b. Sheila Jeanette Dawson, Nov. 18 1928, Detroit, Michigan, USA.
Raised in poverty in Pennsylvania's coal-mining country, Jordan began singing as a child and by the time she was in her early teens was working semi-professionally in Detroit clubs. Her first great influence was Charlie Parker and, indeed, most of her influences have been instrumentalists rather than singers. Working chiefly with black musicians, she met with disapproval from the white community but persisted with her career. She was a member of a vocal trio, Skeeter, Mitch And Jean (she was Jean), who sang versions of Parker's solos in a manner akin to that of the later Lambert, Hendricks And Ross.
After moving to New York in the early 50s, she married Parker's pianist, Duke Jordan, and studied with Lennie Tristano, but it was not until the early 60s that she made her first recordings. One of these was under her own name, the other was “The Outer View” with George Russell, which featured a famous 10-minute version of "You Are My Sunshine".
In the mid-60s her work encompassed jazz liturgies sung in churches and extensive club work, but her appeal was narrow even within the confines of jazz. By the late 70s jazz audiences had begun to understand her uncompromising style a little more and her popularity increased - as did her appearances on record, which included albums with pianist Steve Kuhn, whose quartet she joined, and an album, Home, comprising a selection of Robert Creeley's poems set to music and arranged by Steve Swallow.
A 1983 duo set with bassist Harvie Swartz, “Old Time Feeling”, comprises several of the standards Jordan regularly features in her live repertoire, while 1990's “Lost And Found” pays tribute to her bebop roots. Both sets display her unique musical trademarks, such as the frequent and unexpected sweeping changes of pitch, which still tend to confound an uninitiated audience. Her preference to the bass and voice set led to another remarkable collaboration with bassist Cameron Brown, whom she has been performing with all over the world for more than ten years so far and they have released the live albums “I’ve Grown Accustomed to the Bass” and “Celebration”. Entirely non-derivative, Jordan is one of only a tiny handful of jazz singers who fully deserve the appellation and for whom no other term will do.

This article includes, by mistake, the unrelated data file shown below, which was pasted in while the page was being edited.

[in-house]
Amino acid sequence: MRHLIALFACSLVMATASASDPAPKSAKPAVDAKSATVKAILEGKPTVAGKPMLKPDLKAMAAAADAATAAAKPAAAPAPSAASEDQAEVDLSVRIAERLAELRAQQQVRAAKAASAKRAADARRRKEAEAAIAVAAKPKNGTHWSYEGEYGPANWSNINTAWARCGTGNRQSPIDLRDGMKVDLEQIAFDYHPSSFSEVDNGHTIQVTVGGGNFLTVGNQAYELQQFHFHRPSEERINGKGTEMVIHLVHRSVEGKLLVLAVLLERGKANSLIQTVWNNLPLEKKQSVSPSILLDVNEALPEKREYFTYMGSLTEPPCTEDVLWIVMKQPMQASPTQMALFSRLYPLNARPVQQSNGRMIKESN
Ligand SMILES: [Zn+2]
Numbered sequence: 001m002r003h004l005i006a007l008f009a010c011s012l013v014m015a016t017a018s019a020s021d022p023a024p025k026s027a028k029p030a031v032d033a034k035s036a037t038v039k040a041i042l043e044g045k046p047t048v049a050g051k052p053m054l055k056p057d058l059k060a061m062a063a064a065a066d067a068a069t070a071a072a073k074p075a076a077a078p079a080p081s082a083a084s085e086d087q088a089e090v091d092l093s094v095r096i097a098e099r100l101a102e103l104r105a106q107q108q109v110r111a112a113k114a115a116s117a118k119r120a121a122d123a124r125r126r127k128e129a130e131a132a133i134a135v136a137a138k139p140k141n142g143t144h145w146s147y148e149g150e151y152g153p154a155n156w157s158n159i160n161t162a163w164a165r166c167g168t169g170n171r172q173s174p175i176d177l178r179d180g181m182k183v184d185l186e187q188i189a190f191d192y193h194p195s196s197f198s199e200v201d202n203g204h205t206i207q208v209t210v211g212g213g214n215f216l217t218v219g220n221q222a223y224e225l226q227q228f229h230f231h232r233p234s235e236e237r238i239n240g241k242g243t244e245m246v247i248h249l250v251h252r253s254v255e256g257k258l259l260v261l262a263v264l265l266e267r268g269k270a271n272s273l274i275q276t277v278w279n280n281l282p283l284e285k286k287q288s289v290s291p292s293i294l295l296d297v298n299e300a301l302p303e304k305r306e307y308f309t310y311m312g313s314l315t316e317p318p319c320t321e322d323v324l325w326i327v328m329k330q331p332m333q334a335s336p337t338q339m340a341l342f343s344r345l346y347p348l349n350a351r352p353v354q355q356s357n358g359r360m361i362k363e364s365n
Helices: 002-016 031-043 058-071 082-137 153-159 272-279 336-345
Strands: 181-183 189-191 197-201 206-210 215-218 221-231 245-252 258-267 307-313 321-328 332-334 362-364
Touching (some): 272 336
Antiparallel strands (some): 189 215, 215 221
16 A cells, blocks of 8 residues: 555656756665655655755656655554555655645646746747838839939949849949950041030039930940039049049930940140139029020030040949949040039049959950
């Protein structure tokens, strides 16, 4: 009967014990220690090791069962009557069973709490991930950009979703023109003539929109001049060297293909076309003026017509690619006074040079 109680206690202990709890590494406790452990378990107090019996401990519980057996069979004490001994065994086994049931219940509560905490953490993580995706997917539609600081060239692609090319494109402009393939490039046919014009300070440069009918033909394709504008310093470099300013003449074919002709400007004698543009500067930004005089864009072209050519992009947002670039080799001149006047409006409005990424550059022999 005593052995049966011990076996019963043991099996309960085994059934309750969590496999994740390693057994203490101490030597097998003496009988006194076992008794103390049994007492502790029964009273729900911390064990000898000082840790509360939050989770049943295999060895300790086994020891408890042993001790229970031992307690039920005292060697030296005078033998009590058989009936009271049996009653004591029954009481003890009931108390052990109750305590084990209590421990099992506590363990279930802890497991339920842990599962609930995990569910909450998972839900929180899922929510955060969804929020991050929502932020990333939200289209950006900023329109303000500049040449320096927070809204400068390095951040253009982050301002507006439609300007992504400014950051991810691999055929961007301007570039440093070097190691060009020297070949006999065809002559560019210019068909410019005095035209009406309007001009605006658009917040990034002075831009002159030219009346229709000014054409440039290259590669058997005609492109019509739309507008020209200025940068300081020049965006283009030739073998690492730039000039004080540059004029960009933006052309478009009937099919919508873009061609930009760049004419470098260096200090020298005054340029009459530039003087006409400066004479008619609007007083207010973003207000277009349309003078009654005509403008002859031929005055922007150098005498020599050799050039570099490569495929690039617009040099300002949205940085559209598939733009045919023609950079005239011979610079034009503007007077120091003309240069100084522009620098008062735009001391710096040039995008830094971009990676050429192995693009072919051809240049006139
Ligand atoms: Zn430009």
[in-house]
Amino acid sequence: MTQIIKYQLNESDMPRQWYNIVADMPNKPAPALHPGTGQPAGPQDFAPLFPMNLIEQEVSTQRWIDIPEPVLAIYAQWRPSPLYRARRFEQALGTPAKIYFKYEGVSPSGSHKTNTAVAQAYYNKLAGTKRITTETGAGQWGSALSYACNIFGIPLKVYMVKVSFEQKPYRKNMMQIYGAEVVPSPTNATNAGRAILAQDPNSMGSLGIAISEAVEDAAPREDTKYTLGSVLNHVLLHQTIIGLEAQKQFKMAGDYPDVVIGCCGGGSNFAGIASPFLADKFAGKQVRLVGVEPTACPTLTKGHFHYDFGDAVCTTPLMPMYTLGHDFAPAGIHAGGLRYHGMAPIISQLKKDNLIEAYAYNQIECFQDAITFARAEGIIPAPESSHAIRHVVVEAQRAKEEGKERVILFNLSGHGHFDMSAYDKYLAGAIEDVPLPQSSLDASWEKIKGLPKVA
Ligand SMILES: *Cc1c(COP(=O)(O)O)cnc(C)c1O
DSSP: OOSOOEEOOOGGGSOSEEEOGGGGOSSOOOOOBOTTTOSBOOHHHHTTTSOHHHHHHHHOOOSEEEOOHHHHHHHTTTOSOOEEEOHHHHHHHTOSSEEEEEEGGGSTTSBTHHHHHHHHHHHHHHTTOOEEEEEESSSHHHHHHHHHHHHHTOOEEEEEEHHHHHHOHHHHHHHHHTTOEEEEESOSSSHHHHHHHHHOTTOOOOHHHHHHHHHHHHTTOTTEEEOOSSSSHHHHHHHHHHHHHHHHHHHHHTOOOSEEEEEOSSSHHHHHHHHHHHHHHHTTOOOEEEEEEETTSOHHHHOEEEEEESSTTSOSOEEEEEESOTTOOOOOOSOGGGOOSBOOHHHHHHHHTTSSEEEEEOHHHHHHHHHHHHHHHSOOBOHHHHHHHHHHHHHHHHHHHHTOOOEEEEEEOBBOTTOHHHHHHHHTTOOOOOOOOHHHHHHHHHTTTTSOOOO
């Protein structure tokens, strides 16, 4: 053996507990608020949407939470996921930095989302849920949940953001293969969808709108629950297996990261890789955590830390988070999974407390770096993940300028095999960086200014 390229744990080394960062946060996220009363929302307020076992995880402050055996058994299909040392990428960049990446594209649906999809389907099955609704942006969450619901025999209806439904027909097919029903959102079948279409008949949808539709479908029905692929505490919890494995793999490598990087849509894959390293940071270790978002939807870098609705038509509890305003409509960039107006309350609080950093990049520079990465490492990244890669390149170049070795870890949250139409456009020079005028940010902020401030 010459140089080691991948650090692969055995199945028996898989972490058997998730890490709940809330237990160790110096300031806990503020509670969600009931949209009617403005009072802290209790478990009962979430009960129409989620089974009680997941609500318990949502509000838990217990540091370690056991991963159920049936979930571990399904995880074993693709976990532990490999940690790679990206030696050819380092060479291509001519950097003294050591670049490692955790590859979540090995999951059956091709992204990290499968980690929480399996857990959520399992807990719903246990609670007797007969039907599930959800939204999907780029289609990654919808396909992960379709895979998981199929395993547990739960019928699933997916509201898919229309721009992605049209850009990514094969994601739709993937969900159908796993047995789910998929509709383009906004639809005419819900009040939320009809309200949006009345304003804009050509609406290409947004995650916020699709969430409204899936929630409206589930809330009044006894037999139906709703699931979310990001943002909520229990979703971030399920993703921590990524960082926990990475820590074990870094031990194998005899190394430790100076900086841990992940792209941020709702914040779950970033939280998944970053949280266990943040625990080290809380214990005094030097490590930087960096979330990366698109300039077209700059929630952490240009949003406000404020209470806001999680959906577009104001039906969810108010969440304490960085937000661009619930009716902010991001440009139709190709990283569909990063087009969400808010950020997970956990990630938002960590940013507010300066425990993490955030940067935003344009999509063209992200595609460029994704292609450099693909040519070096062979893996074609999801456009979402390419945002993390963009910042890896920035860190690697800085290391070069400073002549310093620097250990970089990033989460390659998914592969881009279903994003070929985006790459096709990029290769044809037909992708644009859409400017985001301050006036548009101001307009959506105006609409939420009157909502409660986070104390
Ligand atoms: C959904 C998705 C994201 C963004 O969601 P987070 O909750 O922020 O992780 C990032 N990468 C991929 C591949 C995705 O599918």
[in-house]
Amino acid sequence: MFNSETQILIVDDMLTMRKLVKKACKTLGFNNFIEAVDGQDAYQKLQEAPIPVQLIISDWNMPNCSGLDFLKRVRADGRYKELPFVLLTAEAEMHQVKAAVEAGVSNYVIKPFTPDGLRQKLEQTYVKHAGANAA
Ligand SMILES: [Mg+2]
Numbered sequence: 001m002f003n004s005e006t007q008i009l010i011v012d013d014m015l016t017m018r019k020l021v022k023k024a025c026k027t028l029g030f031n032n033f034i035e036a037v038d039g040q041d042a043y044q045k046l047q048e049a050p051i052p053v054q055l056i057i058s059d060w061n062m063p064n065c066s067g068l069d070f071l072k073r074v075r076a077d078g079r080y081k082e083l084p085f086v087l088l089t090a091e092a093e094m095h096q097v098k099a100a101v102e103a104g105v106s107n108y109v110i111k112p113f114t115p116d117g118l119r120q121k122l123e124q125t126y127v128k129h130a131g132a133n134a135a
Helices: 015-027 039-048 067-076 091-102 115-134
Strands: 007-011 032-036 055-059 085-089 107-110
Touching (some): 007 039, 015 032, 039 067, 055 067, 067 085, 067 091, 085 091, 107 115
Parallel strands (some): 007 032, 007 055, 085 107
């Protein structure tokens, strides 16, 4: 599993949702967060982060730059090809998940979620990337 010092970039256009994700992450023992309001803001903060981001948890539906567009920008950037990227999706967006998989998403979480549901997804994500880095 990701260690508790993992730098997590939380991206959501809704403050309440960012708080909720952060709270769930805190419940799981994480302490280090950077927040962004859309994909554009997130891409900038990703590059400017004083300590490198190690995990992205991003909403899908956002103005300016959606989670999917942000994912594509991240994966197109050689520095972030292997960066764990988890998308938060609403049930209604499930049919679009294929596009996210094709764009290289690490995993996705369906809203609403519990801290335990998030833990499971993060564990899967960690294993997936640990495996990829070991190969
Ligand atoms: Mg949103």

Jordan is also a songwriter who works in bebop and free jazz. In addition to the aforementioned musicians, she has recorded with the George Gruntz Concert Jazz Band, Cameron Brown, Carla Bley, and Steve Swallow. In the UK she appeared with former John Dankworth Band vocalist Frank Holder. She has led recordings for Blue Note, Blackhawk, East Wind, ECM, Grapevine, Muse, Palo Alto, and SteepleChase.
In 2012, she received the NEA Jazz Masters Award. Her biography, Jazz Child: A Portrait of Sheila Jordan, written by vocalist and educator Ellen Johnson came out in 2014, in time for Jordan's 86th birthday.
- 2006 Manhattan Association of Cabarets & Clubs Lifetime Achievement Award
- 2007 International Association for Jazz Education Humanitarian Award
- 2008 Mary Lou Williams' Women in Jazz for Lifetime of Service
- 2010 New York Nightlife Award – Outstanding Jazz Vocalist
- 2012 National Endowment for the Arts Jazz Master Award – Lifetime Honors Award